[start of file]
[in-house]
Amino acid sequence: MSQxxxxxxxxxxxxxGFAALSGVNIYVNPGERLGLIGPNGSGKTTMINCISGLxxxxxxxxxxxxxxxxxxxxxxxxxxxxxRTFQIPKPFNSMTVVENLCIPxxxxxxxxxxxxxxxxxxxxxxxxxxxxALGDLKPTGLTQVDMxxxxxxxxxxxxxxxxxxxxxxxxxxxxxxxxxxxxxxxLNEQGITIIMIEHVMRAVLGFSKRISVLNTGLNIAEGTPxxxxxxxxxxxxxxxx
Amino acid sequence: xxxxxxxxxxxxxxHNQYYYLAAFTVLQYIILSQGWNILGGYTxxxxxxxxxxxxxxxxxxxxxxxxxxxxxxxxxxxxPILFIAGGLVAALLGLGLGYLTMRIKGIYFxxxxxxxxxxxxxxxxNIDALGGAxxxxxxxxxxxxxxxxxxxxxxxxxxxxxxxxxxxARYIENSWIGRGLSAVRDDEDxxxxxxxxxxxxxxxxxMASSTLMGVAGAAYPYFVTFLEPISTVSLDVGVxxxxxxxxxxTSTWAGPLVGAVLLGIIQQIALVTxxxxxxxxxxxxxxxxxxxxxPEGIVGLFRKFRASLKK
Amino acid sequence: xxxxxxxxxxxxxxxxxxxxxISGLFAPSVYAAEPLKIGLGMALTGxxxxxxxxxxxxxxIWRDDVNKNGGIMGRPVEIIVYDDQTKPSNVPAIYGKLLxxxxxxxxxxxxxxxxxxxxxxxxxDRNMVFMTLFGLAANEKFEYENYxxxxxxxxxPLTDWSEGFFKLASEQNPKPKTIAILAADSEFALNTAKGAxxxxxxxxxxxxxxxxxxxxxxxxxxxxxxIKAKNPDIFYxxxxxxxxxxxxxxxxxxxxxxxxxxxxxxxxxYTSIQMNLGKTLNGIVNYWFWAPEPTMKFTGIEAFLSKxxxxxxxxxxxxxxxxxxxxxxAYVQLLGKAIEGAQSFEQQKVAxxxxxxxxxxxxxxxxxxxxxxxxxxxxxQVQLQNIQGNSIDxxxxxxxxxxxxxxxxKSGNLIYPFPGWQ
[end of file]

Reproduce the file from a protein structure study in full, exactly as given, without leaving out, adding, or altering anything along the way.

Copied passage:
[in-house]
Amino acid sequence: MSQxxxxxxxxxxxxxGFAALSGVNIYVNPGERLGLIGPNGSGKTTMINCISGLxxxxxxxxxxxxxxxxxxxxxxxxxxxxxRTFQIPKPFNSMTVVENLCIPxxxxxxxxxxxxxxxxxxxxxxxxxxxxALGDLKPTGLTQVDMxxxxxxxxxxxxxxxxxxxxxxxxxxxxxxxxxxxxxxxLNEQGITIIMIEHVMRAVLGFSKRISVLNTGLNIAEGTPxxxxxxxxxxxxxxxx
Amino acid sequence: xxxxxxxxxxxxxxHNQYYYLAAFTVLQYIILSQGWNILGGYTxxxxxxxxxxxxxxxxxxxxxxxxxxxxxxxxxxxxPILFIAGGLVAALLGLGLGYLTMRIKGIYFxxxxxxxxxxxxxxxxNIDALGGAxxxxxxxxxxxxxxxxxxxxxxxxxxxxxxxxxxxARYIENSWIGRGLSAVRDDEDxxxxxxxxxxxxxxxxxMASSTLMGVAGAAYPYFVTFLEPISTVSLDVGVxxxxxxxxxxTSTWAGPLVGAVLLGIIQQIALVTxxxxxxxxxxxxxxxxxxxxxPEGIVGLFRKFRASLKK
Amino acid sequence: xxxxxxxxxxxxxxxxxxxxxISGLFAPSVYAAEPLKIGLGMALTGxxxxxxxxxxxxxxIWRDDVNKNGGIMGRPVEIIVYDDQTKPSNVPAIYGKLLxxxxxxxxxxxxxxxxxxxxxxxxxDRNMVFMTLFGLAANEKFEYENYxxxxxxxxxPLTDWSEGFFKLASEQNPKPKTIAILAADSEFALNTAKGAxxxxxxxxxxxxxxxxxxxxxxxxxxxxxxIKAKNPDIFYxxxxxxxxxxxxxxxxxxxxxxxxxxxxxxxxxYTSIQMNLGKTLNGIVNYWFWAPEPTMKFTGIEAFLSKxxxxxxxxxxxxxxxxxxxxxxAYVQLLGKAIEGAQSFEQQKVAxxxxxxxxxxxxxxxxxxxxxxxxxxxxxQVQLQNIQGNSIDxxxxxxxxxxxxxxxxKSGNLIYPFPGWQ